North Hills volunteers' quilts for cancer victims 'labor of love'
Three women from the North Hills work together each year to create quilts that honor the lives of those lost to ovarian cancer.
This year's finished quilt will be presented at the Walk to Break the Silence on Ovarian Cancer in North Park on Sept. 12. Quilts from previous years also will be displayed.
Linda Quigley of Ross first survived ovarian cancer and then breast cancer. In between her two jobs, she finds time to honor those who have lost their battle with ovarian cancer by contacting families that have lost a loved one.
"I send out a letter and a questionnaire to find out the important things about the woman who has passed," Quigley said. "It is hard to lose someone you love, but we turn it into a nice thing that honors their memory."
After Quigley collects the biographies, she hands them over to Cheryl Redmond.
Redmond, also of Ross, then uses that information to make quilt squares that include the women's names stitched in their favorite color.
"We try to include as much information about the women as we can, including the names of their husbands, children, grandchildren and their hobbies and interests," Redmond said.
Those squares of fabric then are joined together into the quilt by Paule Peacock of McCandless.
Unlike Quigley, both Redmond and Peacock said they have not had ovarian cancer or lost loved ones to it. They were, however, moved by the stories of those who have.
"I got involved when a few ovarian cancer survivors contacted a sewing store that I frequented, asking for people that could sew," Peacock said. "They came to my house, sat down and talked. I cried. I was so moved by their stories that I wanted to do this as a labor of love."
Peacock then recruited Redmond, an acquaintance.
"I began making memorial quilts after 9/11, and Paule asked if I could help with these," Redmond said.
Redmond said she was happy to contribute her time and skills.
"I am motivated by the fact that I can tell the story of these women and spread awareness about the seriousness of ovarian cancer," Redmond said.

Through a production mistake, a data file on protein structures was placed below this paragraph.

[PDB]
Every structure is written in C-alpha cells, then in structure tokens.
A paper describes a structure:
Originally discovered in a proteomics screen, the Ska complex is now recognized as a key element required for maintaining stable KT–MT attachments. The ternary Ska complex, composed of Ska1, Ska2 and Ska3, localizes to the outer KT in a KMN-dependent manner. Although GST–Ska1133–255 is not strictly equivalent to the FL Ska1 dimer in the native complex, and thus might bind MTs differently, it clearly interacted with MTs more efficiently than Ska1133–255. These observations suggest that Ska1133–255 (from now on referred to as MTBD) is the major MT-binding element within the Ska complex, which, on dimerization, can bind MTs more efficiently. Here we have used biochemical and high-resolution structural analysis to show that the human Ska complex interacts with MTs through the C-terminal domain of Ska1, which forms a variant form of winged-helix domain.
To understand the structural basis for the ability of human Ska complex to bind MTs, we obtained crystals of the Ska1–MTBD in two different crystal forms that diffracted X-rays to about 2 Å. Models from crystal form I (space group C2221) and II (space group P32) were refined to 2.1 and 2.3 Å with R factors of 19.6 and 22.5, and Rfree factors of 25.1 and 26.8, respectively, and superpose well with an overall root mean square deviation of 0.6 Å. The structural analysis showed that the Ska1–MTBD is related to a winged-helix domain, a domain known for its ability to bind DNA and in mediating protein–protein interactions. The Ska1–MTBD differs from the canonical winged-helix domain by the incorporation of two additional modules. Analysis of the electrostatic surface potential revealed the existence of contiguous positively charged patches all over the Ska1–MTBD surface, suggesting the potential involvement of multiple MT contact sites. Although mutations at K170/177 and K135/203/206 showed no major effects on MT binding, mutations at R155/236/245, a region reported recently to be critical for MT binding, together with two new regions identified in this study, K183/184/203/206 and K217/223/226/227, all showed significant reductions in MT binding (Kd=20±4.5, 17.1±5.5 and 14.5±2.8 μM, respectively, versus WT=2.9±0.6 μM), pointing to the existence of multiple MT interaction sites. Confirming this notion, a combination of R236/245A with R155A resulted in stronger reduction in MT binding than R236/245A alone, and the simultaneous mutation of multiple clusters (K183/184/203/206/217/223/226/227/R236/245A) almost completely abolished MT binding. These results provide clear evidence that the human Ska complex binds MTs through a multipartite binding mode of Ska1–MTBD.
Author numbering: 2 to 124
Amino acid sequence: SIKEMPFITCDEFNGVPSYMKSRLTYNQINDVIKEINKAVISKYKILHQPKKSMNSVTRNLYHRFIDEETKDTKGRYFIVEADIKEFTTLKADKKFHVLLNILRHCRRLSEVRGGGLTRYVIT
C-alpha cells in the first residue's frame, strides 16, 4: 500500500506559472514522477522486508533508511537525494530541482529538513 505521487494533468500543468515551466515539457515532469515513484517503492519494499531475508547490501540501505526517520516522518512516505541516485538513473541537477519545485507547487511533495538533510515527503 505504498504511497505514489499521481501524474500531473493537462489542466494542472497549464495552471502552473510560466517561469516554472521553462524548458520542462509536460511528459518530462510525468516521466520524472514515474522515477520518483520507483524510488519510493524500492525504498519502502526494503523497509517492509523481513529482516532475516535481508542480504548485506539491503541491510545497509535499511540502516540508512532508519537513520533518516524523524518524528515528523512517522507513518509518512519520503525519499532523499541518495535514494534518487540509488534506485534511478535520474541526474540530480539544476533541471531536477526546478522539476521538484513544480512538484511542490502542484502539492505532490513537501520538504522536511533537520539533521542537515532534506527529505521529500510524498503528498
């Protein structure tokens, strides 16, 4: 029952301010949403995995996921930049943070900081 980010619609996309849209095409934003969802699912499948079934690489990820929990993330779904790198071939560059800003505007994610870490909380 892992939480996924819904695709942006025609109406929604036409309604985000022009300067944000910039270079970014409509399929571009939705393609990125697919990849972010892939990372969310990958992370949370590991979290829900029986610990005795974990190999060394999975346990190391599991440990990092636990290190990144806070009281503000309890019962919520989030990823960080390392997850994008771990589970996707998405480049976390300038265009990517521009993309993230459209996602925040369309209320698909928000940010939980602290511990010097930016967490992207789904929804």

"It is a terrible cancer, and we need much more research."
Barb Smith, president of the Pittsburgh Chapter of the National Ovarian Cancer Coalition, said she appreciates the work of Quigley, Redmond and Peacock.
"It is heartwarming that they continue to volunteer their time," Smith said. "They do it every year and are not looking for any recognition."
Smith said the idea of the quilt is similar to the goal of the walk.
"Quilts offer a warm, homelike feeling. That ties into the comfort we aim for at the walk," Smith said.
Quigley, Redmond and Peacock all said they receive great feedback from the families.
"It is not an easy thing to share information about a lost loved one, especially because so many of the women are younger," Quigley said.
"But the feedback I get is very rewarding. It makes it all worth it."
Show commenting policy
TribLive commenting policy
You are solely responsible for your comments and by using TribLive.com you agree to our Terms of Service.
We moderate comments. Our goal is to provide substantive commentary for a general readership. By screening submissions, we provide a space where readers can share intelligent and informed commentary that enhances the quality of our news and information.
While most comments will be posted if they are on-topic and not abusive, moderating decisions are subjective. We will make them as carefully and consistently as we can. Because of the volume of reader comments, we cannot review individual moderation decisions with readers.
We value thoughtful comments representing a range of views that make their point quickly and politely. We make an effort to protect discussions from repeated comments either by the same reader or different readers.
We follow the same standards for taste as the daily newspaper. A few things we won't tolerate: personal attacks, obscenity, vulgarity, profanity (including expletives and letters followed by dashes), commercial promotion, impersonations, incoherence, proselytizing and SHOUTING. Don't include URLs to Web sites.
We do not edit comments. They are either approved or deleted. We reserve the right to edit a comment that is quoted or excerpted in an article. In this case, we may fix spelling and punctuation.
We welcome strong opinions and criticism of our work, but we don't want comments to become bogged down with discussions of our policies and we will moderate accordingly.
We appreciate it when readers and people quoted in articles or blog posts point out errors of fact or emphasis and will investigate all assertions. But these suggestions should be sent via e-mail. To avoid distracting other readers, we won't publish comments that suggest a correction. Instead, corrections will be made in a blog post or in an article.
- Steelers not limiting themselves in free agency
- Rossi: Pirates must pay for Mr. Right
- Coyotes proliferate despite year-round hunting
- Under Rutherford, it’s been a sizeable shakeup for Penguins
- Experts call for deer hunters to step up game
- Burnett’s farewell tour wishlist has just 1 item: Pirates World Series
- Against Wake Forest, Pitt looks to reverse fortunes on road
- Cooking Class: Pork Tenderloin Medallions With Sweet Pea Risotto at Franco’s Trattoria
- Blaze rips through Salem house
- Winnik impresses Penguins in first workout
- Baby Penguins notebook: Goalie Murray on historic run of success